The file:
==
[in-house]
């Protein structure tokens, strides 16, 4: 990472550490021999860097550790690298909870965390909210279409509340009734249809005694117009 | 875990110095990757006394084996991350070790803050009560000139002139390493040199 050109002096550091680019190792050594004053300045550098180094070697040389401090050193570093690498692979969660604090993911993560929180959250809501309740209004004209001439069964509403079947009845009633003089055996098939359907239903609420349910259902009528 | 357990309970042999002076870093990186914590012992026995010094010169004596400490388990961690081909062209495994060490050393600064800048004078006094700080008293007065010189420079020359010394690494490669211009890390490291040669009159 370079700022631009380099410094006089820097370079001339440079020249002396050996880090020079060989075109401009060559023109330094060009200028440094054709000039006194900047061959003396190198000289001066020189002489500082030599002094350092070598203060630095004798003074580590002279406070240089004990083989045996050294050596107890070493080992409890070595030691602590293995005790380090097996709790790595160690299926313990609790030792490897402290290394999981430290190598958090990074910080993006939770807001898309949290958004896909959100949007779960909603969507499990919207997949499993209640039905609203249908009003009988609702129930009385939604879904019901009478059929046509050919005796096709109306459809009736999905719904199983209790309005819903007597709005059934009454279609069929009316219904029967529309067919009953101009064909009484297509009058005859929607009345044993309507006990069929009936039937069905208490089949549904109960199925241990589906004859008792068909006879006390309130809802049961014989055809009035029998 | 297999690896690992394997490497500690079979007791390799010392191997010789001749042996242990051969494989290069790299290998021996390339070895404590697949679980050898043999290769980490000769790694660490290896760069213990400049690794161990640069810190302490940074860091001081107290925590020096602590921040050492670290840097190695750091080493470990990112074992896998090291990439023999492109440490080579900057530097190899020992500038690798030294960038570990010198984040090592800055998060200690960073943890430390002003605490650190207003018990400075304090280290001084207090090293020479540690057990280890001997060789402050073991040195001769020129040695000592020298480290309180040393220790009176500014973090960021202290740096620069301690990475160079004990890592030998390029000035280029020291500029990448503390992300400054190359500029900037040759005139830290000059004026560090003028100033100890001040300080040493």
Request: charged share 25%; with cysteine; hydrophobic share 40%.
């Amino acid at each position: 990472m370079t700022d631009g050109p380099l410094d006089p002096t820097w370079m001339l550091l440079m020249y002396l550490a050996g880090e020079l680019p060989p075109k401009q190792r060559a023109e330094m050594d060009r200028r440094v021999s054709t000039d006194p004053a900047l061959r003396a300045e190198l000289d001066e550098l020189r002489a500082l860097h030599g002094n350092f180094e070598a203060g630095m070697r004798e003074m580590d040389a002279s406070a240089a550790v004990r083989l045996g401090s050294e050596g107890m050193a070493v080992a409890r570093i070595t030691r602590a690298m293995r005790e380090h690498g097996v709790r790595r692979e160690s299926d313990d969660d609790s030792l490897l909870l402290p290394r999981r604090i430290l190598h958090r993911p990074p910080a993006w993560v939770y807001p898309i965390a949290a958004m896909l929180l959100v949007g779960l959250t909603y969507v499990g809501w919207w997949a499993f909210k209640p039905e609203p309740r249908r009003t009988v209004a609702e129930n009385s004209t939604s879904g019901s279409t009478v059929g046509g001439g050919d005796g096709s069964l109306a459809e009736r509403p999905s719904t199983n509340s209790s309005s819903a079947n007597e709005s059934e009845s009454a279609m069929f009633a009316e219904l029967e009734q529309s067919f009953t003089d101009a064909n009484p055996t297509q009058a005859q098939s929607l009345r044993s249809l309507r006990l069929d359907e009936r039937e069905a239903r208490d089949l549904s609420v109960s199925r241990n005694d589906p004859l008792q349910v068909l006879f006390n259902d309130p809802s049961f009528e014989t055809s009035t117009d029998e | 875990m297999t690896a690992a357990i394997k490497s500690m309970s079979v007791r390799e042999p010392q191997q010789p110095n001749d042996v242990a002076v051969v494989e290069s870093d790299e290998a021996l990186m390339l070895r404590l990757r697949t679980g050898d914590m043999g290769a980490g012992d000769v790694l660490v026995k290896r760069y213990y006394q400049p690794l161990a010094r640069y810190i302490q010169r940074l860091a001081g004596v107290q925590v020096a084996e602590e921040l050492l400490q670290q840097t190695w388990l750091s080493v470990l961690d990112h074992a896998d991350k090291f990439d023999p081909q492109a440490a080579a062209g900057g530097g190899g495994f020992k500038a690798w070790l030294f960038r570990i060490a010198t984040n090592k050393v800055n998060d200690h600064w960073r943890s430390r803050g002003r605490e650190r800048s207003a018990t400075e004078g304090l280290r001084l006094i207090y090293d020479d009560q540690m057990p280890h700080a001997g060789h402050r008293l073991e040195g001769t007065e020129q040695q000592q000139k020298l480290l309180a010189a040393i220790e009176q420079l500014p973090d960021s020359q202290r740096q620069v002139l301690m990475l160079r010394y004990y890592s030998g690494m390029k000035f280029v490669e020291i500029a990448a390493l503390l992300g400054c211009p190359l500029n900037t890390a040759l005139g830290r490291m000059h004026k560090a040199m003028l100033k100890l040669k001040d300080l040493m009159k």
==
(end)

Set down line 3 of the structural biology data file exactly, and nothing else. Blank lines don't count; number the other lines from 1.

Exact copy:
Request: charged share 25%; with cysteine; hydrophobic share 40%.